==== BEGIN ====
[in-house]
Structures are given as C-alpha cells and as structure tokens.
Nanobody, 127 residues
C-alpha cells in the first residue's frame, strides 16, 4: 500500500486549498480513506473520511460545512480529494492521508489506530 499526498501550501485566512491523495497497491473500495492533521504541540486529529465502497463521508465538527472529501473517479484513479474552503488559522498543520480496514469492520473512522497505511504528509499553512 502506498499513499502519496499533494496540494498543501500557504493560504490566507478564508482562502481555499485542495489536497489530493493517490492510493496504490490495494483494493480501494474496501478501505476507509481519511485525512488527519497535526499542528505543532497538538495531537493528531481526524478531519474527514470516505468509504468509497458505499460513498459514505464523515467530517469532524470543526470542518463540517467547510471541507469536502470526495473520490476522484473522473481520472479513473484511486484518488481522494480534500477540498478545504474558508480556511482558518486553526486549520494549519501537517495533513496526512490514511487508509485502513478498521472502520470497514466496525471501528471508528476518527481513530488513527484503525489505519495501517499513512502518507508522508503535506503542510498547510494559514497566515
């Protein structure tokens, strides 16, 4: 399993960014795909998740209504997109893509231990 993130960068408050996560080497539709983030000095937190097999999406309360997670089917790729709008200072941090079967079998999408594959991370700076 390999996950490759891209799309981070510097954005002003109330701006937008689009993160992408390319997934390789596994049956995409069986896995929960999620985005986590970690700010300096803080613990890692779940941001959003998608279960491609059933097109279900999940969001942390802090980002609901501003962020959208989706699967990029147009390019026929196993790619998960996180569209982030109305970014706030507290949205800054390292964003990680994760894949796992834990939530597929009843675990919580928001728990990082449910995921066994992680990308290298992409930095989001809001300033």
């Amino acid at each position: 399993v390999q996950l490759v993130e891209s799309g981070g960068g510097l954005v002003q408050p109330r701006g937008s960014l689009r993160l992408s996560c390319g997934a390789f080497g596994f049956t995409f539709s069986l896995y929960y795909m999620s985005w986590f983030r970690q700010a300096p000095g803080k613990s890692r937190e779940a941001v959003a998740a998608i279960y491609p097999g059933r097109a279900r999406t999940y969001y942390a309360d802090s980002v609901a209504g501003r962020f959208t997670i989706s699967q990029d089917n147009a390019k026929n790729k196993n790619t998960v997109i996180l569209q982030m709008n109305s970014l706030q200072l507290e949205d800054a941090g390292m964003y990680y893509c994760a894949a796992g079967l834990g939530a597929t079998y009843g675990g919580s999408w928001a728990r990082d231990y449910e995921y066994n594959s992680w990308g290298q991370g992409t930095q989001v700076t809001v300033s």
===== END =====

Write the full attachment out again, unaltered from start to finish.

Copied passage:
[in-house]
Structures are given as C-alpha cells and as structure tokens.
Nanobody, 127 residues
C-alpha cells in the first residue's frame, strides 16, 4: 500500500486549498480513506473520511460545512480529494492521508489506530 499526498501550501485566512491523495497497491473500495492533521504541540486529529465502497463521508465538527472529501473517479484513479474552503488559522498543520480496514469492520473512522497505511504528509499553512 502506498499513499502519496499533494496540494498543501500557504493560504490566507478564508482562502481555499485542495489536497489530493493517490492510493496504490490495494483494493480501494474496501478501505476507509481519511485525512488527519497535526499542528505543532497538538495531537493528531481526524478531519474527514470516505468509504468509497458505499460513498459514505464523515467530517469532524470543526470542518463540517467547510471541507469536502470526495473520490476522484473522473481520472479513473484511486484518488481522494480534500477540498478545504474558508480556511482558518486553526486549520494549519501537517495533513496526512490514511487508509485502513478498521472502520470497514466496525471501528471508528476518527481513530488513527484503525489505519495501517499513512502518507508522508503535506503542510498547510494559514497566515
């Protein structure tokens, strides 16, 4: 399993960014795909998740209504997109893509231990 993130960068408050996560080497539709983030000095937190097999999406309360997670089917790729709008200072941090079967079998999408594959991370700076 390999996950490759891209799309981070510097954005002003109330701006937008689009993160992408390319997934390789596994049956995409069986896995929960999620985005986590970690700010300096803080613990890692779940941001959003998608279960491609059933097109279900999940969001942390802090980002609901501003962020959208989706699967990029147009390019026929196993790619998960996180569209982030109305970014706030507290949205800054390292964003990680994760894949796992834990939530597929009843675990919580928001728990990082449910995921066994992680990308290298992409930095989001809001300033």
């Amino acid at each position: 399993v390999q996950l490759v993130e891209s799309g981070g960068g510097l954005v002003q408050p109330r701006g937008s960014l689009r993160l992408s996560c390319g997934a390789f080497g596994f049956t995409f539709s069986l896995y929960y795909m999620s985005w986590f983030r970690q700010a300096p000095g803080k613990s890692r937190e779940a941001v959003a998740a998608i279960y491609p097999g059933r097109a279900r999406t999940y969001y942390a309360d802090s980002v609901a209504g501003r962020f959208t997670i989706s699967q990029d089917n147009a390019k026929n790729k196993n790619t998960v997109i996180l569209q982030m709008n109305s970014l706030q200072l507290e949205d800054a941090g390292m964003y990680y893509c994760a894949a796992g079967l834990g939530a597929t079998y009843g675990g919580s999408w928001a728990r990082d231990y449910e995921y066994n594959s992680w990308g290298q991370g992409t930095q989001v700076t809001v300033s």